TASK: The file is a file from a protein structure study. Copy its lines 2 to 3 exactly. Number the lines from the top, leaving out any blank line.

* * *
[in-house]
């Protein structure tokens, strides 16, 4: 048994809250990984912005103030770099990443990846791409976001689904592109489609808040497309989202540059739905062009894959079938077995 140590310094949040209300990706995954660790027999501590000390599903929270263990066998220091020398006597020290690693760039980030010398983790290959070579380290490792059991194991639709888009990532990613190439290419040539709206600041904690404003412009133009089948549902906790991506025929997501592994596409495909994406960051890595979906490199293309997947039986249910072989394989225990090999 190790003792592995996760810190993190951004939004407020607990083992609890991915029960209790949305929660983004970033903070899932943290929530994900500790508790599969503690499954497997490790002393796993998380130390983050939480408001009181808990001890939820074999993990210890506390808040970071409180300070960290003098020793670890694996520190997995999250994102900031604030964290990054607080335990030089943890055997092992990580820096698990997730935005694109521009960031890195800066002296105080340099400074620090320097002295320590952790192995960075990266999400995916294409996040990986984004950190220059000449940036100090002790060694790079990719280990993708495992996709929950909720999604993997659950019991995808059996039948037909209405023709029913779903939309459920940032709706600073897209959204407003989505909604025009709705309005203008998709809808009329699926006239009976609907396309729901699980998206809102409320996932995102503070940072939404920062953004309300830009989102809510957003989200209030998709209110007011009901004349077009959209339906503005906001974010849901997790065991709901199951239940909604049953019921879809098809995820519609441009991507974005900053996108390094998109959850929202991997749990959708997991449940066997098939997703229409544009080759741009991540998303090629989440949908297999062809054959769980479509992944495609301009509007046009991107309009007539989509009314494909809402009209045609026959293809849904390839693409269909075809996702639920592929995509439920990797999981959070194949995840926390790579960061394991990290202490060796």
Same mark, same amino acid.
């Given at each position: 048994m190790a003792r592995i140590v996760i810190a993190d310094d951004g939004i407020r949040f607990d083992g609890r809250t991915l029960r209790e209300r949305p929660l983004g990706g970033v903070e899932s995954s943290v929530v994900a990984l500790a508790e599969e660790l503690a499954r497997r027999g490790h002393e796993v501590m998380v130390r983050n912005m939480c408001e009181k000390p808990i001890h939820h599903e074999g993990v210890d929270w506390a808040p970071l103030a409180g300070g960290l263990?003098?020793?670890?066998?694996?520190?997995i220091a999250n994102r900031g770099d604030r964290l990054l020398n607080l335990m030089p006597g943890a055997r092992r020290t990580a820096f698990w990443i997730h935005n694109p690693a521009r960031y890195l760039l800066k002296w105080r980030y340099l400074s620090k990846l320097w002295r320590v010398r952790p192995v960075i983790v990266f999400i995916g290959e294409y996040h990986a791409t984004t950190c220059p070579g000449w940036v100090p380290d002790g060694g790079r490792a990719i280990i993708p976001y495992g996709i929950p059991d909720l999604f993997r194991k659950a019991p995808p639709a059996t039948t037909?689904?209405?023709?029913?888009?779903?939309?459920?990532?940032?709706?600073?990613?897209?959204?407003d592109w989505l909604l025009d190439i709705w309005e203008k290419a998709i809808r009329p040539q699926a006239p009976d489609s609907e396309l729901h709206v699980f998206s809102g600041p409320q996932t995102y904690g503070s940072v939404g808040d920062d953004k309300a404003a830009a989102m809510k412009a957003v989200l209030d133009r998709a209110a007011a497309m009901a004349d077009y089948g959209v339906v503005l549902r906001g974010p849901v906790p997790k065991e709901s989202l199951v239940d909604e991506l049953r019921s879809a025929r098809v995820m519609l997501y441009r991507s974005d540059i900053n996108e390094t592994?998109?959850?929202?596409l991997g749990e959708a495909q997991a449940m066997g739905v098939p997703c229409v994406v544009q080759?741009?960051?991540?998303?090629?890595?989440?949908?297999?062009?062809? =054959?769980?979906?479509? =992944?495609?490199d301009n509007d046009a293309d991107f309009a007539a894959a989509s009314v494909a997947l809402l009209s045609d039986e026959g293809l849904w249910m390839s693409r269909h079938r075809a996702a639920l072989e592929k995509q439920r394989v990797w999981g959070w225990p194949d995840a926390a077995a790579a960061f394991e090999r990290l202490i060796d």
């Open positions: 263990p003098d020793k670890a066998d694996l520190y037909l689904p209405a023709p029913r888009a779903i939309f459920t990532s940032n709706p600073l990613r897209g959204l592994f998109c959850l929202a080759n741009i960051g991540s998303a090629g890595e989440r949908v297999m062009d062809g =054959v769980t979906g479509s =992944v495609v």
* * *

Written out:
């Protein structure tokens, strides 16, 4: 048994809250990984912005103030770099990443990846791409976001689904592109489609808040497309989202540059739905062009894959079938077995 140590310094949040209300990706995954660790027999501590000390599903929270263990066998220091020398006597020290690693760039980030010398983790290959070579380290490792059991194991639709888009990532990613190439290419040539709206600041904690404003412009133009089948549902906790991506025929997501592994596409495909994406960051890595979906490199293309997947039986249910072989394989225990090999 190790003792592995996760810190993190951004939004407020607990083992609890991915029960209790949305929660983004970033903070899932943290929530994900500790508790599969503690499954497997490790002393796993998380130390983050939480408001009181808990001890939820074999993990210890506390808040970071409180300070960290003098020793670890694996520190997995999250994102900031604030964290990054607080335990030089943890055997092992990580820096698990997730935005694109521009960031890195800066002296105080340099400074620090320097002295320590952790192995960075990266999400995916294409996040990986984004950190220059000449940036100090002790060694790079990719280990993708495992996709929950909720999604993997659950019991995808059996039948037909209405023709029913779903939309459920940032709706600073897209959204407003989505909604025009709705309005203008998709809808009329699926006239009976609907396309729901699980998206809102409320996932995102503070940072939404920062953004309300830009989102809510957003989200209030998709209110007011009901004349077009959209339906503005906001974010849901997790065991709901199951239940909604049953019921879809098809995820519609441009991507974005900053996108390094998109959850929202991997749990959708997991449940066997098939997703229409544009080759741009991540998303090629989440949908297999062809054959769980479509992944495609301009509007046009991107309009007539989509009314494909809402009209045609026959293809849904390839693409269909075809996702639920592929995509439920990797999981959070194949995840926390790579960061394991990290202490060796």
Same mark, same amino acid.